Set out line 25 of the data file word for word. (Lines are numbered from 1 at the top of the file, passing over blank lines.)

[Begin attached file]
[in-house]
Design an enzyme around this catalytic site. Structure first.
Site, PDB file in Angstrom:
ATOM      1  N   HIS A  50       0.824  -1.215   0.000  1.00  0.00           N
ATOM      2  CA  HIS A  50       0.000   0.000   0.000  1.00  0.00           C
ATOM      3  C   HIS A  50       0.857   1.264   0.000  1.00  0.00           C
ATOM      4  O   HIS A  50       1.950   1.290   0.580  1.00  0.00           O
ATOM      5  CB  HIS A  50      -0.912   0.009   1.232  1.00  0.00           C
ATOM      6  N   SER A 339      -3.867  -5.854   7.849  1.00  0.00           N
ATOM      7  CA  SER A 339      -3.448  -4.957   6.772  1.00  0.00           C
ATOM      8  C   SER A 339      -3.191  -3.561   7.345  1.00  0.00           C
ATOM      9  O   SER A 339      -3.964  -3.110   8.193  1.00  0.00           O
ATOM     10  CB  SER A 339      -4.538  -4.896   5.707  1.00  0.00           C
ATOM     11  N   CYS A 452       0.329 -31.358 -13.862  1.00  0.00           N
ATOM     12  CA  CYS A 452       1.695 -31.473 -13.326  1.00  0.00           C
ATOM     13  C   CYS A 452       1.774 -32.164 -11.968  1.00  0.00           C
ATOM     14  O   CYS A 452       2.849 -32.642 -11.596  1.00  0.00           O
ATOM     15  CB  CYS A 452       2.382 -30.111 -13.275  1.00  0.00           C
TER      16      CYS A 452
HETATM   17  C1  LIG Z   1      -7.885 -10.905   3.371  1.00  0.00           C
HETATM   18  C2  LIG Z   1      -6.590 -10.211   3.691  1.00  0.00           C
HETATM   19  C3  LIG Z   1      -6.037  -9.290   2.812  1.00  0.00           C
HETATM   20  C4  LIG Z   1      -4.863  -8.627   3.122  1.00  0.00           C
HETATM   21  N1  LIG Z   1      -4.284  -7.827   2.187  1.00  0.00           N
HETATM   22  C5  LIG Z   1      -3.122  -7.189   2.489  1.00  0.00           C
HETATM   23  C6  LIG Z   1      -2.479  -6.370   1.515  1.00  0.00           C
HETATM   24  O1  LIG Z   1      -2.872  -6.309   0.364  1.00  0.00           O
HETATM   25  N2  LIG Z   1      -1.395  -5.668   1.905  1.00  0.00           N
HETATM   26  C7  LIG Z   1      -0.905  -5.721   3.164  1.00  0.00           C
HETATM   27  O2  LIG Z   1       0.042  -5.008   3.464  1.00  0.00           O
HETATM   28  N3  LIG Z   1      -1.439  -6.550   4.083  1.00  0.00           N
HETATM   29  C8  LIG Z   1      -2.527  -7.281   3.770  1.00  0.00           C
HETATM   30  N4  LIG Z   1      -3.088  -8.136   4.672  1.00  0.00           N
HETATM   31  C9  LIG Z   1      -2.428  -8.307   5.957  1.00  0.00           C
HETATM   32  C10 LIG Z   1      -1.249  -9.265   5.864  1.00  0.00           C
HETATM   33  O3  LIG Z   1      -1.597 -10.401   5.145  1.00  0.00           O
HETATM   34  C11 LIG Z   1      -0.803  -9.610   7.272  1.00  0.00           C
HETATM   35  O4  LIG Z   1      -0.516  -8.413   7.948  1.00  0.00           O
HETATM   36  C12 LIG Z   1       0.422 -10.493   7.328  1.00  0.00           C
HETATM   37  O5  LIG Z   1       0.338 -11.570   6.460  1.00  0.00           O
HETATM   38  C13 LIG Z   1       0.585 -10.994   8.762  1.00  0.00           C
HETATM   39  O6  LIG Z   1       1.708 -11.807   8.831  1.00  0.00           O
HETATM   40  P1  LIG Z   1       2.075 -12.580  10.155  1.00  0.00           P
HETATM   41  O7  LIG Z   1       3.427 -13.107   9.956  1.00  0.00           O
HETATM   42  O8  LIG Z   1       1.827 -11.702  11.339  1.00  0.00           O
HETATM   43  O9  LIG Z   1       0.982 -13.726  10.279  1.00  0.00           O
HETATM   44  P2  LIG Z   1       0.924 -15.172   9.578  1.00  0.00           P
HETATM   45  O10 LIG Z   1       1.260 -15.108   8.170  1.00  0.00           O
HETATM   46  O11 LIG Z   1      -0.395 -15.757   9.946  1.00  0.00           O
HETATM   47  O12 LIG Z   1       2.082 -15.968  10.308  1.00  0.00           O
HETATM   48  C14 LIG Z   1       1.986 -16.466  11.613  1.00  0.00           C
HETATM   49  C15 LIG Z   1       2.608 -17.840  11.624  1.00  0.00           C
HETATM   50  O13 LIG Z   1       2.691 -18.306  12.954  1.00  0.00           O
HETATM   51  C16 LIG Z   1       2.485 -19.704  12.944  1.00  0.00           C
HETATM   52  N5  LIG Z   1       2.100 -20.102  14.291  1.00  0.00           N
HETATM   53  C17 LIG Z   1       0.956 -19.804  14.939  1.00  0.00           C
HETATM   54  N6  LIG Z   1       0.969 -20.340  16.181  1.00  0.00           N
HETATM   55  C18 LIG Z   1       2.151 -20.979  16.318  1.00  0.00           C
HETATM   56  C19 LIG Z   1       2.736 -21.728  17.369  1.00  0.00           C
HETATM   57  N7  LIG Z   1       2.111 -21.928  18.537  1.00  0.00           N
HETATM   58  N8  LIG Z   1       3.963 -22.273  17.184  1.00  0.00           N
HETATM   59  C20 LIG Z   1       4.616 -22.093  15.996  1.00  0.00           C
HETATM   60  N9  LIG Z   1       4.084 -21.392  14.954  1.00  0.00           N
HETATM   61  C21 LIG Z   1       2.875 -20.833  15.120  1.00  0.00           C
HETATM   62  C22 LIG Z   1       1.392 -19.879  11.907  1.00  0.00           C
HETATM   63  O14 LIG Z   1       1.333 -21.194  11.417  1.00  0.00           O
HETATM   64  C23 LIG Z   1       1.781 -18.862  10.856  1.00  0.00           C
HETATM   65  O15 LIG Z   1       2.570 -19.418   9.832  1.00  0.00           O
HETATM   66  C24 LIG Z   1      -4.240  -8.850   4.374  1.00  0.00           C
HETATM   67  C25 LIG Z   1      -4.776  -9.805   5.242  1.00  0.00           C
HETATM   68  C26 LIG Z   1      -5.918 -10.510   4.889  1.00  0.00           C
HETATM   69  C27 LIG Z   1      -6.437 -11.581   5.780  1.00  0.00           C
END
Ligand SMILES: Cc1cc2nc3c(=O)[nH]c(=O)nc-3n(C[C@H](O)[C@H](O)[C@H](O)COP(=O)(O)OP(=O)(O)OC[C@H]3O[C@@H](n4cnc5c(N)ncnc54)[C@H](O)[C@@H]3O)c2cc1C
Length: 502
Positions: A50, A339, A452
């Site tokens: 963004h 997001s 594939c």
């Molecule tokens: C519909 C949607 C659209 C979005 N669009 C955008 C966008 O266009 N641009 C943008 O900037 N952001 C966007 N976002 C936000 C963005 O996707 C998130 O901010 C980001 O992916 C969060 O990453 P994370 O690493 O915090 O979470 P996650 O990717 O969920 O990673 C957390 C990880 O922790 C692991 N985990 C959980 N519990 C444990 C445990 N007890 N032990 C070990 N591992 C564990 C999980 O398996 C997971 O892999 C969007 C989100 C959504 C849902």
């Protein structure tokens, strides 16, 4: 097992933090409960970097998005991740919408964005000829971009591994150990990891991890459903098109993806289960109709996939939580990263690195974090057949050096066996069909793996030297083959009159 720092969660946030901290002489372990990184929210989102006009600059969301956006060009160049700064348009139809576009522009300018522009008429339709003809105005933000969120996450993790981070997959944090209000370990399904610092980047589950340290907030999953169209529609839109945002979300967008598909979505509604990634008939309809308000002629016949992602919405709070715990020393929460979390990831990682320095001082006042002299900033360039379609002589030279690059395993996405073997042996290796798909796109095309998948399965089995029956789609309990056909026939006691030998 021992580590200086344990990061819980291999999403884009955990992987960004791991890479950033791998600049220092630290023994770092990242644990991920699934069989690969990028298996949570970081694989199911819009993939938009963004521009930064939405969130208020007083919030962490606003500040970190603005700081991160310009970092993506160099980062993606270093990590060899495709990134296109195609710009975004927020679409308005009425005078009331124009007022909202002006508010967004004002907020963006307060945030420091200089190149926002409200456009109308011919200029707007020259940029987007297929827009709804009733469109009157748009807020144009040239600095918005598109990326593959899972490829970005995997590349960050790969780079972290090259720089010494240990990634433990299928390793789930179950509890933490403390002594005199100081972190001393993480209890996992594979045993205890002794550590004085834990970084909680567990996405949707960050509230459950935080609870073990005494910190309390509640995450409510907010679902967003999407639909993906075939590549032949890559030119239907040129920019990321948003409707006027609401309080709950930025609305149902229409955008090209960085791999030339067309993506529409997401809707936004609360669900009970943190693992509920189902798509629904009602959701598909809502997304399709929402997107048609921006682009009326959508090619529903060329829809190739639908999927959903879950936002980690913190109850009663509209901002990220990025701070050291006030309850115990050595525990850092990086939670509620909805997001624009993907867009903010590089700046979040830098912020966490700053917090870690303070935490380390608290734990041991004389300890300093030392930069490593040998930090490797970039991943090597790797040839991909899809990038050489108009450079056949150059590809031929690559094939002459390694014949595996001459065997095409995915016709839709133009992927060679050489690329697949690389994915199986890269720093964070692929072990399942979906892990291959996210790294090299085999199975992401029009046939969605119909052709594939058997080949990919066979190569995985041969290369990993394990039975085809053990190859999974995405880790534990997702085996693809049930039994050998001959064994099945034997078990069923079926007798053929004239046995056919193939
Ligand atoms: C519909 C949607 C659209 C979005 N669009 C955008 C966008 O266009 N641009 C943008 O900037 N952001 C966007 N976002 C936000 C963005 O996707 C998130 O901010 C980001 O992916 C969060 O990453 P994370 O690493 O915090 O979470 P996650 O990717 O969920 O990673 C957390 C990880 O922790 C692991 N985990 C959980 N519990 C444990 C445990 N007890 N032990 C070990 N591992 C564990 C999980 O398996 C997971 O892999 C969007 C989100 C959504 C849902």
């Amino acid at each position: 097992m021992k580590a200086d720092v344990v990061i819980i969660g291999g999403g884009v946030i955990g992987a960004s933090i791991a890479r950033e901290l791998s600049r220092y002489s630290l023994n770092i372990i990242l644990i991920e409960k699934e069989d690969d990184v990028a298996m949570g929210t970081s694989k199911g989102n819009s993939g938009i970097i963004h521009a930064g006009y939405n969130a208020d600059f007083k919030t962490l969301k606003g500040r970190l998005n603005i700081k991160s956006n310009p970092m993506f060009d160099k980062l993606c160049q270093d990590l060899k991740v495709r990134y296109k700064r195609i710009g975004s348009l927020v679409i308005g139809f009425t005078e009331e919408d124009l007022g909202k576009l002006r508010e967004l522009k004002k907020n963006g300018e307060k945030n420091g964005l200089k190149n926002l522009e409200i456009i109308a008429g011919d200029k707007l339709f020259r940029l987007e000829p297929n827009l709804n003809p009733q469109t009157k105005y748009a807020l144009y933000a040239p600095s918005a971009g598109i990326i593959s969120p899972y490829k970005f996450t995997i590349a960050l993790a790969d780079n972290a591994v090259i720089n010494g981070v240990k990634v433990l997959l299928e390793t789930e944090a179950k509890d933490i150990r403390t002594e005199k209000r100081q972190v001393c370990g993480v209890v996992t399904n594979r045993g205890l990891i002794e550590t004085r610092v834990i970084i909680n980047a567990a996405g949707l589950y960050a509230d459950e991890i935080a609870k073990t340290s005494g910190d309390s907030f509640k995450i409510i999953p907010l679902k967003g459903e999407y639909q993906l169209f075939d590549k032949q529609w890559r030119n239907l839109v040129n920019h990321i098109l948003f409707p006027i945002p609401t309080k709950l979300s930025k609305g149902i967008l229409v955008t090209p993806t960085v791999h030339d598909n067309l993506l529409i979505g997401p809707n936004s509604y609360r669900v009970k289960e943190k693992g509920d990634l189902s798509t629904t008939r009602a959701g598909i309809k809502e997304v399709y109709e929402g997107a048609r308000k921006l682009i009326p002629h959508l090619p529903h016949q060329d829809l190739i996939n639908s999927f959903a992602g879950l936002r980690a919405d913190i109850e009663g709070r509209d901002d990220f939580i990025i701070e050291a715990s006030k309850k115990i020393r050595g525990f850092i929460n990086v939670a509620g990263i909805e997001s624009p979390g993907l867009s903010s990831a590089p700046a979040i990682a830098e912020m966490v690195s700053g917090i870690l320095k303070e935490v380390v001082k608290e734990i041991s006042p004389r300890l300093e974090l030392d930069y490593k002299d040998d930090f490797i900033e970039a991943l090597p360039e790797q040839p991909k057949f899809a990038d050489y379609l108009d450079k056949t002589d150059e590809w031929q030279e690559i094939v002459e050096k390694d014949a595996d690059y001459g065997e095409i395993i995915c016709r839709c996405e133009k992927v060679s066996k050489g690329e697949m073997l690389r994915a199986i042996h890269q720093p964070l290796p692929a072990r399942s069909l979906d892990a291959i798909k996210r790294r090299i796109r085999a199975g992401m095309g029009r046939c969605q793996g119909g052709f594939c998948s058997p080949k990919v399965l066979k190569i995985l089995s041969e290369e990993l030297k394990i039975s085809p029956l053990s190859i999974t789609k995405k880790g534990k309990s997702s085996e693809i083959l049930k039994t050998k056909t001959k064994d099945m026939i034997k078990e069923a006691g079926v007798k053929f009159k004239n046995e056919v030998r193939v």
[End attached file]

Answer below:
HETATM   22  C5  LIG Z   1      -3.122  -7.189   2.489  1.00  0.00           C